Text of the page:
Gotham Knights will include a lot of superhero suits for your characters to wear – and we have the designs for 28 of them to show you. From suits inspired by classic cartoons, to a set designed by a bona fide comic book legend, developer WB Games Montréal has drawn from DC’s rich history, but created some truly new ideas for how Batgirl, Robin, Nightwing and Red Hood could look in their take on the Batman universe.
As part of this month’s IGN First, we spoke to the game’s creators about the unusual way they were designed, how they’ll work in game, how they can be customized, and more.
First, it’s important to realize that Gotham Knights makes a distinction between suitstyles (suits that come with cosmetic and stat changes) and transmogs (suits that are purely cosmetic, and applied like skins). We’re showing off six sets of suitstyles and one transmog set in the gallery above. There will be 11 different suitstyle sets in Gotham Knights at launch, making up 44 individual suits in total (not including transmogs). WB has reiterated that there will be no microtransactions in the game, although the ‘Beyond’ and ‘KnightWatch’ sets are currently tied to the Deluxe and Collector’s Editions of the game.
Key to the philosophy around all of these sets is that while elements of their look can be customized, you can’t mix and match pieces between different suits.
“Player expression for us is very important,” explains creative director Patrick Redding, “but we wanted to make sure that we could harness that in a way that allowed for a degree of clarity and unity to the look of all of these different suits and suitstyles.”
“We wanted the liberty to make suitstyles that were different from one another enough that they all had their own really strong personality,” continues game director Geoff Ellenor. “And to do that, we wanted to make sure that you always looked cool. You don’t want to end up with a Red Hood that looks sketchy because you made bad fashion choices. Red Hood is supposed to be always cool.”
In order to get as many varied and eye-catching designs as possible, the character art team looked far beyond their studio walls for inspiration.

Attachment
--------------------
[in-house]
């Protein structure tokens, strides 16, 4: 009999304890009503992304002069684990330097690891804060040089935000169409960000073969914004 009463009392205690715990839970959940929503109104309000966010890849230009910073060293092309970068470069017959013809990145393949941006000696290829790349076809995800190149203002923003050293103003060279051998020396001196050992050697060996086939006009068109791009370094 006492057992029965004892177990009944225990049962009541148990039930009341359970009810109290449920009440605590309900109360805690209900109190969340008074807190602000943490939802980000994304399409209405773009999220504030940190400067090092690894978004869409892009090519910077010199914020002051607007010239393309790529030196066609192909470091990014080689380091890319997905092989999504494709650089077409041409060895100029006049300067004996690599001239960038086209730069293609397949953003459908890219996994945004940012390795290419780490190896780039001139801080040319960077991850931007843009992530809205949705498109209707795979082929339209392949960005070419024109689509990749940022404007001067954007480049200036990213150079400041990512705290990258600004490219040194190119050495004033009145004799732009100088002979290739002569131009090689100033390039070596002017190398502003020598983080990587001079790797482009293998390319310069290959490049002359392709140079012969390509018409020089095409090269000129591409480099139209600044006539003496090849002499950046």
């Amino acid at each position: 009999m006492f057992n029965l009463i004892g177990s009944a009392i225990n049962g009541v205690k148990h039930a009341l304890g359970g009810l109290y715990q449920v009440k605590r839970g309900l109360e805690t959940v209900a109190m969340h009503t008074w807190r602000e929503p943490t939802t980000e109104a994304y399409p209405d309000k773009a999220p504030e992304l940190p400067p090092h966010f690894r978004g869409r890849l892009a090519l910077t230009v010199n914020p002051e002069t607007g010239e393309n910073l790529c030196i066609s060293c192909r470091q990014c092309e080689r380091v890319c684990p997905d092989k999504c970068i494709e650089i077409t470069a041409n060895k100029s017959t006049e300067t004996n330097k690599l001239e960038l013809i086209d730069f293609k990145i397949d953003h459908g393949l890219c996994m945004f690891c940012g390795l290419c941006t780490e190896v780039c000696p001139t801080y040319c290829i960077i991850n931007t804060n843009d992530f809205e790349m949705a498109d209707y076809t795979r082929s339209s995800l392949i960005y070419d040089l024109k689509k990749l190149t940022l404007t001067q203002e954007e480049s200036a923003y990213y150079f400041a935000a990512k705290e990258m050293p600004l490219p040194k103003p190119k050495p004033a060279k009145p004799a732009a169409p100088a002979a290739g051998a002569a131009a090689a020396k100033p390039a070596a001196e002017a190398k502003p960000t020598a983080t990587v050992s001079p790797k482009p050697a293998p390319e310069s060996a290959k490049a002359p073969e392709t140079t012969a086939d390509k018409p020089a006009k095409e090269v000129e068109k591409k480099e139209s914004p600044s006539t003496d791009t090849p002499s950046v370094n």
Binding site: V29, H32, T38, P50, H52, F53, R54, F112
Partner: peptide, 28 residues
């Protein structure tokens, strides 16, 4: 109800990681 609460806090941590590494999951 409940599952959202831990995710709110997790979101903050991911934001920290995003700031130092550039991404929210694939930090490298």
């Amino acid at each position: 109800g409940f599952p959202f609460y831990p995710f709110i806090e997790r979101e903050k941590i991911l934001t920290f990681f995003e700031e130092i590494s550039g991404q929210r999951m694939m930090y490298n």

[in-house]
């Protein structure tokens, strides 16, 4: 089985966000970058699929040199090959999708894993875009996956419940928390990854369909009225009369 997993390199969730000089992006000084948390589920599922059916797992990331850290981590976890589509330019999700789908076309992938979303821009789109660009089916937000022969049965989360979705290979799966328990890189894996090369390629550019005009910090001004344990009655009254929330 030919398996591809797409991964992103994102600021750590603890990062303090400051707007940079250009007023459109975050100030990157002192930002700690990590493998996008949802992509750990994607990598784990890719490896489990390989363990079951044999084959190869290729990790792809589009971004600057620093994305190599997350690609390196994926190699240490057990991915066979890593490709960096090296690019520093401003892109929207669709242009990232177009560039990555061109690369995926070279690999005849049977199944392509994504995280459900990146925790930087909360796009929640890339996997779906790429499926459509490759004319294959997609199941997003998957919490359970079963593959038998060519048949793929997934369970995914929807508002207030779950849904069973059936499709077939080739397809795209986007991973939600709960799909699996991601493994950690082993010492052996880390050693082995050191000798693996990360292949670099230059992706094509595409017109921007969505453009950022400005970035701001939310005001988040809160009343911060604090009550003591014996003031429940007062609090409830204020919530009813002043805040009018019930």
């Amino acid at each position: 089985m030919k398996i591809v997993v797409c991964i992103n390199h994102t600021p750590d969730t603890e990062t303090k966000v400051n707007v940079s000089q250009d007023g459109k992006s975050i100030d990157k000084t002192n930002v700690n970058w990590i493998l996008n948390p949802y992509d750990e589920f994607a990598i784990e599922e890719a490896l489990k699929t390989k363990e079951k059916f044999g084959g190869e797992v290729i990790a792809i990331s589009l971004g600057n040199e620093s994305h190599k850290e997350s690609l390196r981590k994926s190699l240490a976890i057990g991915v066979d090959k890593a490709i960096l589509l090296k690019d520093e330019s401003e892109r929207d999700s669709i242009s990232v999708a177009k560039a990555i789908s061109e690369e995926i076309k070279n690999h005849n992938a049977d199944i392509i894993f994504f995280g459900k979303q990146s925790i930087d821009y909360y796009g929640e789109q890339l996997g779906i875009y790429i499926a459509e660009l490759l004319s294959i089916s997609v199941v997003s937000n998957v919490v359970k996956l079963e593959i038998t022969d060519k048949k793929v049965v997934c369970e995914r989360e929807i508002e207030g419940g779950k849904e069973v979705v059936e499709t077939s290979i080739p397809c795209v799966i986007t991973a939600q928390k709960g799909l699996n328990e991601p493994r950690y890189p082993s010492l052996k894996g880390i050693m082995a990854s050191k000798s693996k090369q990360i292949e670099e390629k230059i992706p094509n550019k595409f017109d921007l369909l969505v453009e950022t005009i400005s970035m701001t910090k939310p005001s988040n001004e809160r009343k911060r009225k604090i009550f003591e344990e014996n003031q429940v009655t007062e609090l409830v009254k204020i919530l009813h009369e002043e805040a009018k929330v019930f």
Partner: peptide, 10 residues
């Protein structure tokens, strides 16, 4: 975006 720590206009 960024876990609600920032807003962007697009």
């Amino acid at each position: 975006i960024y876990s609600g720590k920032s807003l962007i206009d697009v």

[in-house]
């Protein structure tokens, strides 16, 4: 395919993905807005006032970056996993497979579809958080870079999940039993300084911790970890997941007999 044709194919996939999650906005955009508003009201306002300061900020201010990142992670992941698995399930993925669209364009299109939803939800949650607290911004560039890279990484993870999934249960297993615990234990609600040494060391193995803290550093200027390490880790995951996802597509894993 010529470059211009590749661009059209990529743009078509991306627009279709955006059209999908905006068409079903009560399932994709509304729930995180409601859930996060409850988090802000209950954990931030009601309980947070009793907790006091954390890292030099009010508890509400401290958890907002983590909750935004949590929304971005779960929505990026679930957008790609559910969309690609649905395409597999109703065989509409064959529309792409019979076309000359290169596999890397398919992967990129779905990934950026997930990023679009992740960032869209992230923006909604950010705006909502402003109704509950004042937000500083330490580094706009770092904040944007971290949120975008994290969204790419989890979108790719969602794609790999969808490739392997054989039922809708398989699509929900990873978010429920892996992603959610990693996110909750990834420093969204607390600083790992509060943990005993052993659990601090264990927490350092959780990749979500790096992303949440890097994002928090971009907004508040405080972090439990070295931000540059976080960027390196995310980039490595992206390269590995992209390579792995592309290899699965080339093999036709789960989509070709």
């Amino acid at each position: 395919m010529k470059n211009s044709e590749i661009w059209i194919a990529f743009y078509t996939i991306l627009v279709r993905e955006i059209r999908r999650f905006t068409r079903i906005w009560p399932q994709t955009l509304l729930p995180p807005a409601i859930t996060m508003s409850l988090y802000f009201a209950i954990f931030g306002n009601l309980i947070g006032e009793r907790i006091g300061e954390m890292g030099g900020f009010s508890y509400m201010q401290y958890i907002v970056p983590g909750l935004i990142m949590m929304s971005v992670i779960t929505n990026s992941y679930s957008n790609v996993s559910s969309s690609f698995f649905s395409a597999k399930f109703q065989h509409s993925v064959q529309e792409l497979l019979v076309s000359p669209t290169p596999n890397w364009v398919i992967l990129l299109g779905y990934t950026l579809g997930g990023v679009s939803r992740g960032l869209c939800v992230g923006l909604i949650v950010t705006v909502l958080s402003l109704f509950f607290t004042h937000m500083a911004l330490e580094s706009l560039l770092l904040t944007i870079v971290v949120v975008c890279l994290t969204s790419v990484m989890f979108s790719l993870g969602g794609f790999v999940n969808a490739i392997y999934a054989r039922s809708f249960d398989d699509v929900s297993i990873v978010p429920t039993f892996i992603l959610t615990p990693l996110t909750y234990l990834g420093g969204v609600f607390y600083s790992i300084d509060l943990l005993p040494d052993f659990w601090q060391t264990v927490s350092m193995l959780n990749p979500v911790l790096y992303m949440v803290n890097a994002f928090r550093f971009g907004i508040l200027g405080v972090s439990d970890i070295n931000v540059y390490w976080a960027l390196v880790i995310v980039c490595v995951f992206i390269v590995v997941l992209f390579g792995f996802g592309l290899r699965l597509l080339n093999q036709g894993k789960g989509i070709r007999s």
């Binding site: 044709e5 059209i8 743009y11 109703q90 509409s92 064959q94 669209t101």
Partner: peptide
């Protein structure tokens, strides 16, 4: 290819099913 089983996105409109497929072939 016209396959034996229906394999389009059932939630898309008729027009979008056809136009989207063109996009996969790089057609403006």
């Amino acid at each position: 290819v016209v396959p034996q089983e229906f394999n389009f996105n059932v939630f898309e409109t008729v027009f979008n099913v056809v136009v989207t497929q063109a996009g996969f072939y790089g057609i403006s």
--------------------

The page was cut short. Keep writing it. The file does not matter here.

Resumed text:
“We knew we wanted to create this wide range of suitstyles with a lot of distinct looks,” explains character art director, Jay Evans. “So I think we took an approach that was pretty unique to this project. We started with our internal team, but we also searched for a bunch of artists that would have styles that kind of synced up with what we were looking for.
“We basically looked on the internet, various websites, various people’s portfolios, various social medias. [We] found these artists, contacted them, and then we ended up having artists from Germany, France, Korea, Japan, US, all contributing to generating ideas for these suitstyles.”
“That was very exciting for us,” adds associate character art director, Jianli Wu, “just because several of those different suitstyles were happening at the same time. So we would get a work-in-progress update from one artist, say from Germany. And then the next day we’ll get something from Korea, for instance. So for us, it was really interesting to see each artist’s personal taste and their take on the suitstyles that we chose for them.”
Outside artists were picked not just for their raw ability, but for how applicable their existing work was. The WB Montréal team came up with basic philosophies for each suitstyle, then went looking for people who could interpret those in their own way. Wu offers an example:
“For instance, the Beyond one [which you can see on the first slide of the gallery above], the artist, his portfolio was already looking, I would say, 70% close to what we were looking for. So that give us a sort of like the initial confidence to talk to them, and then to reach out [and ask them to work on the game].”
Evans explains the benefit of this approach: “I feel like you get awesome results when you ask someone for their own kind of personal style a little bit. You tend to get like more passion, it just flows better for them.”